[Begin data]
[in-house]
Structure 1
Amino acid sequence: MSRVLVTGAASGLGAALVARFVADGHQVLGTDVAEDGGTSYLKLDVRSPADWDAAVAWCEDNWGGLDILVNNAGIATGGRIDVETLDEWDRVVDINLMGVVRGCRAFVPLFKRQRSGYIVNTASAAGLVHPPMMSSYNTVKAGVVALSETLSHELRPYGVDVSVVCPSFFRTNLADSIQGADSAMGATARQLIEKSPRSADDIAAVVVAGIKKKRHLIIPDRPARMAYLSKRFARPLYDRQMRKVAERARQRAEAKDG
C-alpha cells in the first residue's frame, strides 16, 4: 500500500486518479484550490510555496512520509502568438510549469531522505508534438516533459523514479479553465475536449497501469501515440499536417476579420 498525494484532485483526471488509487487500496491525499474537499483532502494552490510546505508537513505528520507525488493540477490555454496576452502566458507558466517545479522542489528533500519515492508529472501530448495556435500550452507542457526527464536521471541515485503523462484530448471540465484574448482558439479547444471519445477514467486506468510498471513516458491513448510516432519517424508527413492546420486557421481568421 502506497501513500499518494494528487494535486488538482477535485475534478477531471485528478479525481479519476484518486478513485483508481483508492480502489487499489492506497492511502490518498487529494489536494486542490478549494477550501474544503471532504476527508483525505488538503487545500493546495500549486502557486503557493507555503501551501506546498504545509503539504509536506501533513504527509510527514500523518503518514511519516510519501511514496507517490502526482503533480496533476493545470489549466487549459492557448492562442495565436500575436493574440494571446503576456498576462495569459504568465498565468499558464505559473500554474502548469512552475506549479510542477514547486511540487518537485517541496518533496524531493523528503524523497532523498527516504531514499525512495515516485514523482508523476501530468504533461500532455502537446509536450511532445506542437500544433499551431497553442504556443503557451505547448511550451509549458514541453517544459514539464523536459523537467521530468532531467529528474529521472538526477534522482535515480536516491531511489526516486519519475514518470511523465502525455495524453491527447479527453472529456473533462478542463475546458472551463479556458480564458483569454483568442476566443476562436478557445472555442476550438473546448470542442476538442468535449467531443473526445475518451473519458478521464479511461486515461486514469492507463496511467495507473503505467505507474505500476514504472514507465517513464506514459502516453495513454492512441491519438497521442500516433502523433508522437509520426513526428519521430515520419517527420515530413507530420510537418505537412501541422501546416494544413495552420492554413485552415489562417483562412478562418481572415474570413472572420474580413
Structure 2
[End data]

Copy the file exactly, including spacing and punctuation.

[in-house]
Structure 1
Amino acid sequence: MSRVLVTGAASGLGAALVARFVADGHQVLGTDVAEDGGTSYLKLDVRSPADWDAAVAWCEDNWGGLDILVNNAGIATGGRIDVETLDEWDRVVDINLMGVVRGCRAFVPLFKRQRSGYIVNTASAAGLVHPPMMSSYNTVKAGVVALSETLSHELRPYGVDVSVVCPSFFRTNLADSIQGADSAMGATARQLIEKSPRSADDIAAVVVAGIKKKRHLIIPDRPARMAYLSKRFARPLYDRQMRKVAERARQRAEAKDG
C-alpha cells in the first residue's frame, strides 16, 4: 500500500486518479484550490510555496512520509502568438510549469531522505508534438516533459523514479479553465475536449497501469501515440499536417476579420 498525494484532485483526471488509487487500496491525499474537499483532502494552490510546505508537513505528520507525488493540477490555454496576452502566458507558466517545479522542489528533500519515492508529472501530448495556435500550452507542457526527464536521471541515485503523462484530448471540465484574448482558439479547444471519445477514467486506468510498471513516458491513448510516432519517424508527413492546420486557421481568421 502506497501513500499518494494528487494535486488538482477535485475534478477531471485528478479525481479519476484518486478513485483508481483508492480502489487499489492506497492511502490518498487529494489536494486542490478549494477550501474544503471532504476527508483525505488538503487545500493546495500549486502557486503557493507555503501551501506546498504545509503539504509536506501533513504527509510527514500523518503518514511519516510519501511514496507517490502526482503533480496533476493545470489549466487549459492557448492562442495565436500575436493574440494571446503576456498576462495569459504568465498565468499558464505559473500554474502548469512552475506549479510542477514547486511540487518537485517541496518533496524531493523528503524523497532523498527516504531514499525512495515516485514523482508523476501530468504533461500532455502537446509536450511532445506542437500544433499551431497553442504556443503557451505547448511550451509549458514541453517544459514539464523536459523537467521530468532531467529528474529521472538526477534522482535515480536516491531511489526516486519519475514518470511523465502525455495524453491527447479527453472529456473533462478542463475546458472551463479556458480564458483569454483568442476566443476562436478557445472555442476550438473546448470542442476538442468535449467531443473526445475518451473519458478521464479511461486515461486514469492507463496511467495507473503505467505507474505500476514504472514507465517513464506514459502516453495513454492512441491519438497521442500516433502523433508522437509520426513526428519521430515520419517527420515530413507530420510537418505537412501541422501546416494544413495552420492554413485552415489562417483562412478562418481572415474570413472572420474580413
Structure 2